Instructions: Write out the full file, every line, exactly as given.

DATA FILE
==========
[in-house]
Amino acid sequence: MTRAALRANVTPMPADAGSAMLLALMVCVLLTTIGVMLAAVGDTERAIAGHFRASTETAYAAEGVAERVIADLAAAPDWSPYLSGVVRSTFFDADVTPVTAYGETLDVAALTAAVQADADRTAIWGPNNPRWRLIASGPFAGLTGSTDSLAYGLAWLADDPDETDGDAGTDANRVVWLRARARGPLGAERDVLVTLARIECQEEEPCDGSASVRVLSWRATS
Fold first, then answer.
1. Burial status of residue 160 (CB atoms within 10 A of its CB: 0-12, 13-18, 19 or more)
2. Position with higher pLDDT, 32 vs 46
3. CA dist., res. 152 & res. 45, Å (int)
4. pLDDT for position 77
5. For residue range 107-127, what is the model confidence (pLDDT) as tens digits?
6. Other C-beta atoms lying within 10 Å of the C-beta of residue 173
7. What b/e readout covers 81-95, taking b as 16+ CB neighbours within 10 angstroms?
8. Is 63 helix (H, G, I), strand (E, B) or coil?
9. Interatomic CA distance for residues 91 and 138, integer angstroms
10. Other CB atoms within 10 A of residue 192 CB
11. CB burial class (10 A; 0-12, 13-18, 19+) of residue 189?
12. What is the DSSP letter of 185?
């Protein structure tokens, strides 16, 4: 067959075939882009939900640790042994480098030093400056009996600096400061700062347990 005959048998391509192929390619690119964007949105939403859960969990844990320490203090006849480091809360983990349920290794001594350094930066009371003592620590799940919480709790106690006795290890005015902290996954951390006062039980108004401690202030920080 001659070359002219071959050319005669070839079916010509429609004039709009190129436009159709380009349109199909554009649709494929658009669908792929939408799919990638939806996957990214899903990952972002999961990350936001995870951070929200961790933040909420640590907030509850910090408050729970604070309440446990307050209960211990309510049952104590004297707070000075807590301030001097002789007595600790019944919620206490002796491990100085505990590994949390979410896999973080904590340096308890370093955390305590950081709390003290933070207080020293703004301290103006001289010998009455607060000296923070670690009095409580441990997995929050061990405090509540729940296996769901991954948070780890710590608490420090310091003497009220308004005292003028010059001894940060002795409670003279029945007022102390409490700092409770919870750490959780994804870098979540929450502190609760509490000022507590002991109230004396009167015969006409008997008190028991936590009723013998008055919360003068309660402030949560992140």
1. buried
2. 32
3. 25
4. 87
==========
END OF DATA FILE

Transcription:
[in-house]
Amino acid sequence: MTRAALRANVTPMPADAGSAMLLALMVCVLLTTIGVMLAAVGDTERAIAGHFRASTETAYAAEGVAERVIADLAAAPDWSPYLSGVVRSTFFDADVTPVTAYGETLDVAALTAAVQADADRTAIWGPNNPRWRLIASGPFAGLTGSTDSLAYGLAWLADDPDETDGDAGTDANRVVWLRARARGPLGAERDVLVTLARIECQEEEPCDGSASVRVLSWRATS
Fold first, then answer.
1. Burial status of residue 160 (CB atoms within 10 A of its CB: 0-12, 13-18, 19 or more)
2. Position with higher pLDDT, 32 vs 46
3. CA dist., res. 152 & res. 45, Å (int)
4. pLDDT for position 77
5. For residue range 107-127, what is the model confidence (pLDDT) as tens digits?
6. Other C-beta atoms lying within 10 Å of the C-beta of residue 173
7. What b/e readout covers 81-95, taking b as 16+ CB neighbours within 10 angstroms?
8. Is 63 helix (H, G, I), strand (E, B) or coil?
9. Interatomic CA distance for residues 91 and 138, integer angstroms
10. Other CB atoms within 10 A of residue 192 CB
11. CB burial class (10 A; 0-12, 13-18, 19+) of residue 189?
12. What is the DSSP letter of 185?
């Protein structure tokens, strides 16, 4: 067959075939882009939900640790042994480098030093400056009996600096400061700062347990 005959048998391509192929390619690119964007949105939403859960969990844990320490203090006849480091809360983990349920290794001594350094930066009371003592620590799940919480709790106690006795290890005015902290996954951390006062039980108004401690202030920080 001659070359002219071959050319005669070839079916010509429609004039709009190129436009159709380009349109199909554009649709494929658009669908792929939408799919990638939806996957990214899903990952972002999961990350936001995870951070929200961790933040909420640590907030509850910090408050729970604070309440446990307050209960211990309510049952104590004297707070000075807590301030001097002789007595600790019944919620206490002796491990100085505990590994949390979410896999973080904590340096308890370093955390305590950081709390003290933070207080020293703004301290103006001289010998009455607060000296923070670690009095409580441990997995929050061990405090509540729940296996769901991954948070780890710590608490420090310091003497009220308004005292003028010059001894940060002795409670003279029945007022102390409490700092409770919870750490959780994804870098979540929450502190609760509490000022507590002991109230004396009167015969006409008997008190028991936590009723013998008055919360003068309660402030949560992140």
1. buried
2. 32
3. 25
4. 87